By Claudia Capos
When the University of Michigan canceled in-person classes in March 2020 and switched to alternative teaching formats in response to the coronavirus pandemic, Associate Professor of Theatre and Drama Christianne Myers had to think creatively―and quickly.
Under ordinary teaching conditions, she presents real-time demonstrations of various design skills and techniques to first-year students in her Design Rendering course. Her class typically crowds around the table to watch her work and ask questions. With the imposition of Covid restrictions and a transition to remote learning, such close personal interactions were no longer feasible.
That summer Myers devised with an instructional solution. Using an overhead camera and editing software, she filmed a series of time-lapse videos of herself doing the demonstrations and then added voice-over narratives. At the end of each demo, she provided the approximate time for the assignment to help students gauge their preparation time for the work.
Myers posted her entire series of 45 videos on Canvas, a web-based learning management system, where her fall class could access them 24/7.
“The videos served as a visual reference library that students could view multiple times and use whenever they were ready to work independently,” says Myers, a talented costume designer who has designed the costumes for more than 50 shows presented by University Productions. “One of the amazing benefits of the video project is that the overall quality of student work made a huge leap. It really skyrocketed.”
Myers’s 45 videos got “two thumbs up” from her enthusiastic students.
“Time-lapse demos were the best blend of artistic and technical learning,” says Matthew Eggers, BA/BS ’24, who is pursuing a double major in Design and Production, concentrating in costume design, and computer engineering. “Touching on the essential takeaways of the assignment while also watching a designer’s process was more engaging than a traditional PowerPoint presentation would ever be and shorter.”
Eggers’s favorite videos showed Myers working on superhero costumes.
“I walked away from the course with a simple guide to rendering: intention and attention,” Eggers says. “By watching Professor Myers’s demos, I learned that rendering requires technical understanding of color and shape, but also of the project brief itself. Walking that line takes commitment, but, in the end, it improves my vision and execution in my work.”
Audrey Tieman, BFA/BA ’24, was a fully virtual student in the fall term.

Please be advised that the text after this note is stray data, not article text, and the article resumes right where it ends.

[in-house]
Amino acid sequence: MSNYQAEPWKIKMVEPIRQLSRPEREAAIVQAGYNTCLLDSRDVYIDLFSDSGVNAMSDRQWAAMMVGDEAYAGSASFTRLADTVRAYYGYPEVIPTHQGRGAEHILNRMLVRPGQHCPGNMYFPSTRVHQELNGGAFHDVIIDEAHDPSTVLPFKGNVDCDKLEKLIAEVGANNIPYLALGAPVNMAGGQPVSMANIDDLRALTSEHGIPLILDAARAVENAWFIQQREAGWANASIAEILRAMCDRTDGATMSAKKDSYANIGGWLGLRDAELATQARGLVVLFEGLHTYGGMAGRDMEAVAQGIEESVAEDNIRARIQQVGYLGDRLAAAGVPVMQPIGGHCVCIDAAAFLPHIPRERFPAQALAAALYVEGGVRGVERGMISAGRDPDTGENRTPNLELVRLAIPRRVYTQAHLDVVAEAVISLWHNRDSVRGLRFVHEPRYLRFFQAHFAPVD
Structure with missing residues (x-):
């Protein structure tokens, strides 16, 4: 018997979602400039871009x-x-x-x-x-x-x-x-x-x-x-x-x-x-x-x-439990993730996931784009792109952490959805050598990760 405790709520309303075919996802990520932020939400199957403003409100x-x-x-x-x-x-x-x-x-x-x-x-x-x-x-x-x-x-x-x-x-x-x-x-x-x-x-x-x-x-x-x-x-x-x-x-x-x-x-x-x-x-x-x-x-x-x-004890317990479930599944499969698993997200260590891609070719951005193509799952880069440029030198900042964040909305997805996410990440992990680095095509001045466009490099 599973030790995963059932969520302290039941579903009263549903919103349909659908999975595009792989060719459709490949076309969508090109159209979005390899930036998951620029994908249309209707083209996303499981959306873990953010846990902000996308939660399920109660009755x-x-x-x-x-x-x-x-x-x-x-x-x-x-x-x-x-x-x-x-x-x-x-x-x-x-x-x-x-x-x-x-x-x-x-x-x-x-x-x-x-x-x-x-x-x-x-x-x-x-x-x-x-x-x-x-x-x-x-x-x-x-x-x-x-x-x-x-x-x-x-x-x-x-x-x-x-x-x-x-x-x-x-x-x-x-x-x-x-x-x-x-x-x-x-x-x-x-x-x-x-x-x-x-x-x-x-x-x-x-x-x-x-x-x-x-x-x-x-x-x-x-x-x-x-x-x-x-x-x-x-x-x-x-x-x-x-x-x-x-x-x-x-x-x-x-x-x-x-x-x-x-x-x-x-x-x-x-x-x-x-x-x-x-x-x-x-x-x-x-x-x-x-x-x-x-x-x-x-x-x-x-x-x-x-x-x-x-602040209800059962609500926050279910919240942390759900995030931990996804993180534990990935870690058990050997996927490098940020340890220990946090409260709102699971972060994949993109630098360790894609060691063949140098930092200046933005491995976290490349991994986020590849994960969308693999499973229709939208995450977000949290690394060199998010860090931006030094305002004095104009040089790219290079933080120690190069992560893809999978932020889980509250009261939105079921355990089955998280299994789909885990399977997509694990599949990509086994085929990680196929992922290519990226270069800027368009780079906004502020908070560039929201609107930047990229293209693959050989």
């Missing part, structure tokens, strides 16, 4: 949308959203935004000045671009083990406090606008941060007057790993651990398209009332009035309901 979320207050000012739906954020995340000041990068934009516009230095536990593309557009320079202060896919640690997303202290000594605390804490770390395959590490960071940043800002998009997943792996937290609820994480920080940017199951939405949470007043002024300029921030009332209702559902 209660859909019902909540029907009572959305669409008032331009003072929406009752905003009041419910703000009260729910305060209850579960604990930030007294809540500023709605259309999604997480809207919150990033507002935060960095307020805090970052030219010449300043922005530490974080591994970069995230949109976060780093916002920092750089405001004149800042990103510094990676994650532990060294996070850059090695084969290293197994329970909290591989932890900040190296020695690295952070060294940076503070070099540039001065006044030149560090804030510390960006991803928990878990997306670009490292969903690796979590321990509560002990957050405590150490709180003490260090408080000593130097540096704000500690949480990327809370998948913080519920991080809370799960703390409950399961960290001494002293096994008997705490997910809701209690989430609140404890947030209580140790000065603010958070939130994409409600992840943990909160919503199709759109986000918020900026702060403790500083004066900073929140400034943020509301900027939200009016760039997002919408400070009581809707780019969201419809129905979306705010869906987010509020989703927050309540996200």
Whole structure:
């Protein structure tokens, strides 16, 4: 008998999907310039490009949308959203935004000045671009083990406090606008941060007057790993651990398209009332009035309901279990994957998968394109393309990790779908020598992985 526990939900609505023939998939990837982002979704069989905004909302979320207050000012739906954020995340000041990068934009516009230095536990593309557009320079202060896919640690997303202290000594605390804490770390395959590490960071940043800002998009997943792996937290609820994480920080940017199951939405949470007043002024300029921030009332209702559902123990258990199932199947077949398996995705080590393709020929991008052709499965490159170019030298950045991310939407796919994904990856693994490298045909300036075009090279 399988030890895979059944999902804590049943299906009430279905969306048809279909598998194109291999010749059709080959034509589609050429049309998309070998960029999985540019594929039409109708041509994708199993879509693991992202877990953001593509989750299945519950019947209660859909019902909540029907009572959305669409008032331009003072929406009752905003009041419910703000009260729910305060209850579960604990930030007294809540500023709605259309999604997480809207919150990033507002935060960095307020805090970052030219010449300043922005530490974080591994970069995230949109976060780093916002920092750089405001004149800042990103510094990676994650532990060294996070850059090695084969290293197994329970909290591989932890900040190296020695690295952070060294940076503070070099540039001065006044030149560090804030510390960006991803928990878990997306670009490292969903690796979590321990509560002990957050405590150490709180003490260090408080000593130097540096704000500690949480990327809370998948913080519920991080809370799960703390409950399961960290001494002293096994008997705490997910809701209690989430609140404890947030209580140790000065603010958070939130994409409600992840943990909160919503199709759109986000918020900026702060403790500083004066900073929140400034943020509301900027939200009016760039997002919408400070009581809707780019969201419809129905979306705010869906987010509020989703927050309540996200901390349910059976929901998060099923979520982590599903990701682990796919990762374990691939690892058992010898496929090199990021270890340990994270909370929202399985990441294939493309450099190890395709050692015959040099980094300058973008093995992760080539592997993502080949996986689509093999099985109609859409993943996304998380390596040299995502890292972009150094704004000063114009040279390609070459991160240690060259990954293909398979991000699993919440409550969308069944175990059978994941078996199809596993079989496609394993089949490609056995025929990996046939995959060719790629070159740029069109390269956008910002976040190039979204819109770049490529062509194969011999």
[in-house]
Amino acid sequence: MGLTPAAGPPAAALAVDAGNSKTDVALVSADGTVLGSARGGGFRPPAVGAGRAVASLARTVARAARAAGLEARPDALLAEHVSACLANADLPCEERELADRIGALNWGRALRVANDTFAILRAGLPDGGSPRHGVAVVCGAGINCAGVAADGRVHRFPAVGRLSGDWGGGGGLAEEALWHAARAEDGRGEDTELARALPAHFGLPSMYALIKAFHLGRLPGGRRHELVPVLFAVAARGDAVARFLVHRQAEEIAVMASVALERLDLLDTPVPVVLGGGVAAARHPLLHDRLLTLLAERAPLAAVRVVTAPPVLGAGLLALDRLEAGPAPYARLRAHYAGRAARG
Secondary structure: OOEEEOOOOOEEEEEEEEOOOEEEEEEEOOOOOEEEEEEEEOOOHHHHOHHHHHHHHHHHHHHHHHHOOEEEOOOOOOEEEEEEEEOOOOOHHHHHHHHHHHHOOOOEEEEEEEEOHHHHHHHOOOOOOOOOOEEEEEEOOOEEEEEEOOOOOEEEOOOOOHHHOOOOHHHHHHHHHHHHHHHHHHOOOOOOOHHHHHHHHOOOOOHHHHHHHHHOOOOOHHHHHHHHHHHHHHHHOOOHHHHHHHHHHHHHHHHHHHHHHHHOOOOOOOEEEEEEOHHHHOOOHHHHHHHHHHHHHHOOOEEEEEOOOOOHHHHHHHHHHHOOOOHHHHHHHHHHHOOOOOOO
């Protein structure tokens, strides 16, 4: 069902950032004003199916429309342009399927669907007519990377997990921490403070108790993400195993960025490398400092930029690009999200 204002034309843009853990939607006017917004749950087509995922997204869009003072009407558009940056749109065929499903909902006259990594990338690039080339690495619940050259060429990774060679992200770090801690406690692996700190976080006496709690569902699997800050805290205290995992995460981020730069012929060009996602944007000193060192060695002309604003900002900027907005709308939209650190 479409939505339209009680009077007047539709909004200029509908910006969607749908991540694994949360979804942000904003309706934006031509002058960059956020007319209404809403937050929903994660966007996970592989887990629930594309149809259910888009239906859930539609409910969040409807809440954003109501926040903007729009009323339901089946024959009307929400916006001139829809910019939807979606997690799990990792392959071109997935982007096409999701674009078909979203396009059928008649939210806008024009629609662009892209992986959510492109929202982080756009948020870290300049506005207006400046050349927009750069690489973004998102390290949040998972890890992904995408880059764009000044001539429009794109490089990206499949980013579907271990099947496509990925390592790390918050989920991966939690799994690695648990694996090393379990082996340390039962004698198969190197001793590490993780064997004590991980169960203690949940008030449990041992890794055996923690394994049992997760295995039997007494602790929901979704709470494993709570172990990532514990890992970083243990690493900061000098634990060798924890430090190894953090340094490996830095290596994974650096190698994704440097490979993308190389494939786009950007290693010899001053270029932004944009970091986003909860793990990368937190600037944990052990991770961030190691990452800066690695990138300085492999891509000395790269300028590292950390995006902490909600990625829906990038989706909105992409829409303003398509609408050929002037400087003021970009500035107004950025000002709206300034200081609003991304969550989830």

“Professor Myers’s videos allowed me to see the entire process of a project from start to finish, with the ability to rewind and replay any areas where I was confused,” she says. “This meant that I was never going into a project blind, and felt more comfortable taking risks with new skills. I likely would have been more conservative if I hadn’t had this in-depth reference material.”
Tieman, who is focusing on Scenic and Property Design for her B.F.A. degree in Theatre Design and Production, says she was particularly taken with Myers’s video, “Costume Rendering Using Procreate.”
“The video introduced me to Procreate, an incredibly versatile digital-illustration application, and allowed me the time and space to learn skills that I carried through into my other classes and design work outside the classroom,” she says.
After completing the Rendering Design course, Tieman gained confidence in her ability to master even the most advanced techniques.
“The skills I learned using analog and digital mediums have enabled me to illustrate my design ideas in classes and productions, as opposed to just talking about them,” she says. “That ability will allow me to work on countless projects moving forward in my academic and professional career.”
Capturing the demonstrations on video provided a permanent resource for future classes and an opportunity for Myers to rethink her teaching modality.
“I can now restructure, or flip, the class to give students more ‘shoulder’ coaching when we are all together in the classroom,” she says. Myers also has posted some of her videos on an unlisted YouTube channel and Canvas Commons to share them with other educators and members of the costume community.
“Another silver lining is that I actually finished all of the demonstrations,” says Myers, who was recently appointed interim chair of the Department of Theatre and Drama. “I have a whole drawer full of half-finished classroom demos from past years.”